Raynard S. Kington may not have been the likeliest choice to be president of Grinnell College. His (numerous) degrees came from research universities, and his career has been focused on biomedical research institutions in large metropolitan areas -- he was deputy director of the National Institutes of Health when he was named to lead Grinnell, His selection also attracted attention because Kington is something of a demographic rarity among college presidents: a black gay man moving to campus with his partner and their two young children.
Kington discussed his transition in this podcast interview while on a recent visit to Inside Higher Ed's offices.
Moving to a small community in Iowa has been gratifying, but also an adjustment, he said. "My neighborhoods were usually larger" than Grinnell, Iowa is. And for the first time in his career, he said, he's instantly recognized everywhere he goes in the area. (He joked about standing out as the "gay black dad president.")
While many liberal arts colleges have faced tough economic decisions in recent years, Grinnell is in a strong position, even with the economic downturn, Kington said. During the better years on Wall Street, as the college's endowment grew, officials used much of the income to bolster the college for the long term (for instance by taking care of deferred maintenance) rather than creating many new programs. As a result, while the college faces the same economizing as other institutions, it hasn't had to impose layoffs or radical cuts.
Even if the college is "not in crisis," Kington said, it is important to think about the future, in an era with reduced endowment income, a tougher fund-raising environment, and increased student need for financial aid. Liberal arts colleges, he said, are going to need to examine "the tradeoff between depth and breadth."
While some liberal arts colleges are adding more business or career-oriented majors, Kington doesn't favor such an approach for Grinnell. He noted that the college has debated the idea many times over the years, going back to when land-grant universities were created with a more practical orientation than that of liberal arts colleges. But with "people living longer and having multiple careers," Kington said he believes students are better off with writing and other communication skills, quantitative literacy and "a broad understanding of the world and how it got there," plus the imagination to think about how the world might improve than they would be with a more career-oriented undergraduate experience.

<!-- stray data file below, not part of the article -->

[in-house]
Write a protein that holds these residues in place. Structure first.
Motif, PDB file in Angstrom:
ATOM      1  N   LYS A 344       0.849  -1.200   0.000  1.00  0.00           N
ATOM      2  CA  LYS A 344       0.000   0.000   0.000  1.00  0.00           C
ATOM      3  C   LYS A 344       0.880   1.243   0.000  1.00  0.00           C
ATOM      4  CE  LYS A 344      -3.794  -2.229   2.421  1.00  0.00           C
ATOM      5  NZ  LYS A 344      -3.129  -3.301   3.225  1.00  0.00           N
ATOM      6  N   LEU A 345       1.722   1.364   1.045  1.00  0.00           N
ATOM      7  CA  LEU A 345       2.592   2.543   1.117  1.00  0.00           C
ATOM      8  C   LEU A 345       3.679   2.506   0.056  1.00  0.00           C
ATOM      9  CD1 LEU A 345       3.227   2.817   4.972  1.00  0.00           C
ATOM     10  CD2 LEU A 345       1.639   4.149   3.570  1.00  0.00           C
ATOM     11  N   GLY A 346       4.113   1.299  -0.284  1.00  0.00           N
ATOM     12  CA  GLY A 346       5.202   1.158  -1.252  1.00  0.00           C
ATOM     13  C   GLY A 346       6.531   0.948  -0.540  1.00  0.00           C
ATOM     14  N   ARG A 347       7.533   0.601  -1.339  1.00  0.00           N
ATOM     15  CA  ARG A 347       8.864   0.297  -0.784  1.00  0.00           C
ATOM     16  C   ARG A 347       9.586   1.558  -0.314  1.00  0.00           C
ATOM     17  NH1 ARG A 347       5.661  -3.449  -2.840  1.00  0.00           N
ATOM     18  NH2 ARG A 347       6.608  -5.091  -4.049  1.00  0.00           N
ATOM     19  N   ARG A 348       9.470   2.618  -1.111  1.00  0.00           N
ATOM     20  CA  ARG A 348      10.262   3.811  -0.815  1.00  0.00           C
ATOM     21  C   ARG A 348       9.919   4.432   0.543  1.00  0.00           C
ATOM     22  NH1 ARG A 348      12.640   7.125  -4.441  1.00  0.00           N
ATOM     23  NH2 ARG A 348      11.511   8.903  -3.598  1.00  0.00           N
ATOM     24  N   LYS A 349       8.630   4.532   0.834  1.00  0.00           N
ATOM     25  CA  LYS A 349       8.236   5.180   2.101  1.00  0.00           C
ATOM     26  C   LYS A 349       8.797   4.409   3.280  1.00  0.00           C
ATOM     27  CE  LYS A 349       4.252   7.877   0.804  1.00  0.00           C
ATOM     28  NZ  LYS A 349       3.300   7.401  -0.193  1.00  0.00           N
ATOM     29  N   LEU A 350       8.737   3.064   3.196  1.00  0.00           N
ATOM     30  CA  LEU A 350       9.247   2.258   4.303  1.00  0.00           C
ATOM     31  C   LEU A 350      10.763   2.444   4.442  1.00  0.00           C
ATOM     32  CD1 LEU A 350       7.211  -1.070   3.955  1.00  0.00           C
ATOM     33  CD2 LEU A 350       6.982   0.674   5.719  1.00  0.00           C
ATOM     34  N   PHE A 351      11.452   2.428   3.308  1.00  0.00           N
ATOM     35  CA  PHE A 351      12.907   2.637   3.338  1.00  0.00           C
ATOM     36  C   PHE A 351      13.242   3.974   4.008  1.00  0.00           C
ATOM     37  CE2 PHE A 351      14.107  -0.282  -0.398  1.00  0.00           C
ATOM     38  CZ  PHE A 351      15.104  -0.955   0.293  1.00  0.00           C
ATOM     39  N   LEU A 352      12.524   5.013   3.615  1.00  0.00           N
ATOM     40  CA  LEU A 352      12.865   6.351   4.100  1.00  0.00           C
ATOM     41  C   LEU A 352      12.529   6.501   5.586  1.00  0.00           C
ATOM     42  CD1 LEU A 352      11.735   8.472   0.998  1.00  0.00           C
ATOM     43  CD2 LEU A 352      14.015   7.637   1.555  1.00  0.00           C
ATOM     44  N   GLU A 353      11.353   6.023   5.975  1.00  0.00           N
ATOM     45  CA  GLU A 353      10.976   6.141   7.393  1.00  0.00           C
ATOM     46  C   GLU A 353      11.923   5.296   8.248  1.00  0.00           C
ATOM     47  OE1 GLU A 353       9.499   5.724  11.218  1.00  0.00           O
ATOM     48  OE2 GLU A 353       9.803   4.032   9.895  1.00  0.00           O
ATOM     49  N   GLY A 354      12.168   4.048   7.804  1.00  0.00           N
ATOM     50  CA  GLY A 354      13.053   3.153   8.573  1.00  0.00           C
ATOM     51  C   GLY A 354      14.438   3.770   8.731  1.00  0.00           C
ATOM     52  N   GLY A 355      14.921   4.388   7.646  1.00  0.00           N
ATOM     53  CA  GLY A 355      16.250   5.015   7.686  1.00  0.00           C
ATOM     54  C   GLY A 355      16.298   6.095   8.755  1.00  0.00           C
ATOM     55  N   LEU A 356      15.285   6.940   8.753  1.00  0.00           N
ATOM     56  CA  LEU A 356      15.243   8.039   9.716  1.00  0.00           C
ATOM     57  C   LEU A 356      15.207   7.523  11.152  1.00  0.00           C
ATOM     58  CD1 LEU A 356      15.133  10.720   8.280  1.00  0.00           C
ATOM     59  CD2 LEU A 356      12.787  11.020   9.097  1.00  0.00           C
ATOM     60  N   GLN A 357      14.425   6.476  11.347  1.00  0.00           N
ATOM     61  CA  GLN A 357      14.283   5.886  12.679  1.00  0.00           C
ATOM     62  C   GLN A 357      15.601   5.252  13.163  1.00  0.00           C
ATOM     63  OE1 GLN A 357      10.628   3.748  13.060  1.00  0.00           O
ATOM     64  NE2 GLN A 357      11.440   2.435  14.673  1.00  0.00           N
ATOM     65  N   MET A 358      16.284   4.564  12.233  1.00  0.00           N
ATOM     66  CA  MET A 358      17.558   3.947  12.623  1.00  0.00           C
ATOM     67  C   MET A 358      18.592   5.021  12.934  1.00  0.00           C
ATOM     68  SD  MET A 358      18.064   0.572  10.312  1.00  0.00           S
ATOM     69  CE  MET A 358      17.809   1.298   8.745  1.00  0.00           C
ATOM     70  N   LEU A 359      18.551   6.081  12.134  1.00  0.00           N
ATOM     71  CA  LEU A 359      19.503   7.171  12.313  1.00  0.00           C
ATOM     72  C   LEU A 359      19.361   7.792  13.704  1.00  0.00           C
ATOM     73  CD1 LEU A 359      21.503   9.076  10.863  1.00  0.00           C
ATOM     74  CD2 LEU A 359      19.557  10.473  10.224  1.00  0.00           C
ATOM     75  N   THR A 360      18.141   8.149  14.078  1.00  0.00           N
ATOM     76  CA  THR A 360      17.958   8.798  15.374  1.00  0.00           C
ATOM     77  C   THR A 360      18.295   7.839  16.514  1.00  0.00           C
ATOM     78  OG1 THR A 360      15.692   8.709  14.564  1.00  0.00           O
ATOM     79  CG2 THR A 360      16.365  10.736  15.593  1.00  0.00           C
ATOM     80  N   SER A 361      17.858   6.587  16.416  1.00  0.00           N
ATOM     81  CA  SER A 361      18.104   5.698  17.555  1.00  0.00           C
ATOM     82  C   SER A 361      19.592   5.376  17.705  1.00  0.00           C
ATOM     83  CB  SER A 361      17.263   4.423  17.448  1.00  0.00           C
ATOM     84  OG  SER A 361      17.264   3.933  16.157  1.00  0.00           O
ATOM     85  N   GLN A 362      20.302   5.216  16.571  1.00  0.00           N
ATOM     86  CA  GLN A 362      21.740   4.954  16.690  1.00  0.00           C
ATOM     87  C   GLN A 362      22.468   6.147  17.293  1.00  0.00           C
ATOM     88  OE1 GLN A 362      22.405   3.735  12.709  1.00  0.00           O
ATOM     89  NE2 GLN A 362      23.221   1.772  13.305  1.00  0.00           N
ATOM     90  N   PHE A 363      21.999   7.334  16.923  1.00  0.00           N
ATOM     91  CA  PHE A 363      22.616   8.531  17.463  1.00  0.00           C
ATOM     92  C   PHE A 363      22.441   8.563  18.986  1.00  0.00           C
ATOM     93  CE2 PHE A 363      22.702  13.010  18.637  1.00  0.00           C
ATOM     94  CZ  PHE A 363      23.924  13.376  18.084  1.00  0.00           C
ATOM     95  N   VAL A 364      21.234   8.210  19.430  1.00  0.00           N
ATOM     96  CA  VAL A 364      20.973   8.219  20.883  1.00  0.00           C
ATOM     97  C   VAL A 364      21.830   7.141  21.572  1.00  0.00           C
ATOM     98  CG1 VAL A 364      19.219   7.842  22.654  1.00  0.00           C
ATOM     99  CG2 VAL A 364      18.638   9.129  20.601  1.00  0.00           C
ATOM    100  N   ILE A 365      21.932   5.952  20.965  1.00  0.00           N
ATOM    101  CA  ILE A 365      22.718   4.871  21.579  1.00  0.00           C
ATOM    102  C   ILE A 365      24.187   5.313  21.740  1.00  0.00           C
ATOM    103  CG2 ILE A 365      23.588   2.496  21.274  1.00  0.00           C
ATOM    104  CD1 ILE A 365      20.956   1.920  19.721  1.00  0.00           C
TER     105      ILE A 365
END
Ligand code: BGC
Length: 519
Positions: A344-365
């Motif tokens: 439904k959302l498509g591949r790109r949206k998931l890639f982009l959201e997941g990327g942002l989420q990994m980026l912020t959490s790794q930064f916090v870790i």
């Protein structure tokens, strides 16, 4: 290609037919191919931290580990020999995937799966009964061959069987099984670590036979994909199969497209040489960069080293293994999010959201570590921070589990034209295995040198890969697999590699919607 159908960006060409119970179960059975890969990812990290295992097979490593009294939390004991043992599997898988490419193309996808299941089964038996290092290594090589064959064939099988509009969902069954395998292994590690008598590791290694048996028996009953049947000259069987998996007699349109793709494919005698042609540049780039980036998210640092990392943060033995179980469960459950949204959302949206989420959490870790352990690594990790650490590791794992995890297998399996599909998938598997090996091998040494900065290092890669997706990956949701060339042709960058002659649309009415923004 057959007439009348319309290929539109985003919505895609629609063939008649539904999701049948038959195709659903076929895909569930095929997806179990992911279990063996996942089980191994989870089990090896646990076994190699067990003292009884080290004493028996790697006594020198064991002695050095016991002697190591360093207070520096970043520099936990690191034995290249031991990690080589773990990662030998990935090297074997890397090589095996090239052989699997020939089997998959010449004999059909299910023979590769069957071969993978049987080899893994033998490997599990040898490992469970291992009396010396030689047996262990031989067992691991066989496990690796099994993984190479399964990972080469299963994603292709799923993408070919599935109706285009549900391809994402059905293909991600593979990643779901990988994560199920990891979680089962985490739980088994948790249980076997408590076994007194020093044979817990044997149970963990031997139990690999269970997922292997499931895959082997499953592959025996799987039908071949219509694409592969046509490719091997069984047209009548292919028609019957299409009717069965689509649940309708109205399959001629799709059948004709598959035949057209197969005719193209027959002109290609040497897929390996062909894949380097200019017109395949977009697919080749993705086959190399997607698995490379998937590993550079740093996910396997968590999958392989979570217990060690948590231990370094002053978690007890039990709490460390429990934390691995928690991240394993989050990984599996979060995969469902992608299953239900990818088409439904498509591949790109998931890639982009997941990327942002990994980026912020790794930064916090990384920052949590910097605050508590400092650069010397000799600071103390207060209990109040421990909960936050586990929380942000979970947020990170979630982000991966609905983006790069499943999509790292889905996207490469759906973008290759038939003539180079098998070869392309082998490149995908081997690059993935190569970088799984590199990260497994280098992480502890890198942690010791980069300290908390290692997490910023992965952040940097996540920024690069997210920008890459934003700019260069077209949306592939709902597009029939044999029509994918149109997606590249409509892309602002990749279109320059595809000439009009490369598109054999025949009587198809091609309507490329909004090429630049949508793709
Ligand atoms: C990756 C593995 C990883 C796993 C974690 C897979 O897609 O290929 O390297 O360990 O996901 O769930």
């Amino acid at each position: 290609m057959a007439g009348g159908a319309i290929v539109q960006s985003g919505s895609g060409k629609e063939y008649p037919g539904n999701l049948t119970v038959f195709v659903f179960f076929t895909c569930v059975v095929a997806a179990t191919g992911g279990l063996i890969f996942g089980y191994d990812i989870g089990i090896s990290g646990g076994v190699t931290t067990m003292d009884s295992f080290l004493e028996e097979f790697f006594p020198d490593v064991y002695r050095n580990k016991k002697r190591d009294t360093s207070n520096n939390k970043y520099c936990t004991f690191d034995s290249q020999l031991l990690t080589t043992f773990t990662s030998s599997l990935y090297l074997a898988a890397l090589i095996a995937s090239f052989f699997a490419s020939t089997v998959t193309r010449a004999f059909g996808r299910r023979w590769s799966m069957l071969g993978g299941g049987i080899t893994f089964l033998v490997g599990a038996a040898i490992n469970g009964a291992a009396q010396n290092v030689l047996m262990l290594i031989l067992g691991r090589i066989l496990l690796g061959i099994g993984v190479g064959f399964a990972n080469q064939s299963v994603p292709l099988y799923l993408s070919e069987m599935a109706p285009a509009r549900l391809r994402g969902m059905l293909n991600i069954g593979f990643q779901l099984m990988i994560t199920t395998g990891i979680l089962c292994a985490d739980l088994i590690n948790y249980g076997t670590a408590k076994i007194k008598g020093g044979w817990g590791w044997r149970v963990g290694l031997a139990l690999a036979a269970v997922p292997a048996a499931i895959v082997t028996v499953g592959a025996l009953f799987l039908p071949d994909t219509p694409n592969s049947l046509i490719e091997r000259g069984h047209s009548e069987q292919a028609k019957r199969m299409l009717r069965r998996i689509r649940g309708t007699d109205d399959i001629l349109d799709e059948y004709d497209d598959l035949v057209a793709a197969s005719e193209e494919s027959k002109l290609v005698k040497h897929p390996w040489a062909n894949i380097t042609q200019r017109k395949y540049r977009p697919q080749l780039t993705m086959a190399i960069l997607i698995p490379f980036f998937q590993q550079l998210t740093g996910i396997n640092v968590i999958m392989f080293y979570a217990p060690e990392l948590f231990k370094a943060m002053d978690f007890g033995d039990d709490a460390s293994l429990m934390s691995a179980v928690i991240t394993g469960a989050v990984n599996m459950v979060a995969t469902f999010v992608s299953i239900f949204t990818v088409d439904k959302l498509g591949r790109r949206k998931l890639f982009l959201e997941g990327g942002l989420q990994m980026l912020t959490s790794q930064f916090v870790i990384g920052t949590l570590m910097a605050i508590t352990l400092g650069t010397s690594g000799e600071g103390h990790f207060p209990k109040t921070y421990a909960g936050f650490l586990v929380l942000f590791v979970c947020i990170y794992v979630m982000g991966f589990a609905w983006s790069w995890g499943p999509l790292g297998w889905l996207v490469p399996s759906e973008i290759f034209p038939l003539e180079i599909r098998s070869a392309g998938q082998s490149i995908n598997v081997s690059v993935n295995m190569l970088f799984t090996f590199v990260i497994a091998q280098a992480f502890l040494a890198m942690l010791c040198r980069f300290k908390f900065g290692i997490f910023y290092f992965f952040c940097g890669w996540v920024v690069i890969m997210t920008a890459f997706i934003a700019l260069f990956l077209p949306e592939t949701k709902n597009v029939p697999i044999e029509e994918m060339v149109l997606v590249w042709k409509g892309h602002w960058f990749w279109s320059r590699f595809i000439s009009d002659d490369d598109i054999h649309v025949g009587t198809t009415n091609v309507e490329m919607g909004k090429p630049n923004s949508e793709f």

New graduates of liberal arts colleges may "have fewer technical skills as they walk out the door," but they will be better suited for careers "in the long run," he said.
While defending the liberal arts mission, Kington also said that colleges like Grinnell need to be open to talking about assessment in ways that make many uncomfortable. He said that while assessment, "if carried to an extreme," might hurt colleges, there is a role for numerical measures of what goes on in higher education.
He noted that 20 years ago, when hospitals were pressured to start comparing mortality rates, many had objections, pointing out that hospitals "with the sickest patients" may have higher mortality rates than other institutions. Those objections were "all true," Kington said, but it's also the case that "there's something to it" in that mortality rates do (with context) convey important information.
The complete podcast of the interview may be found here.
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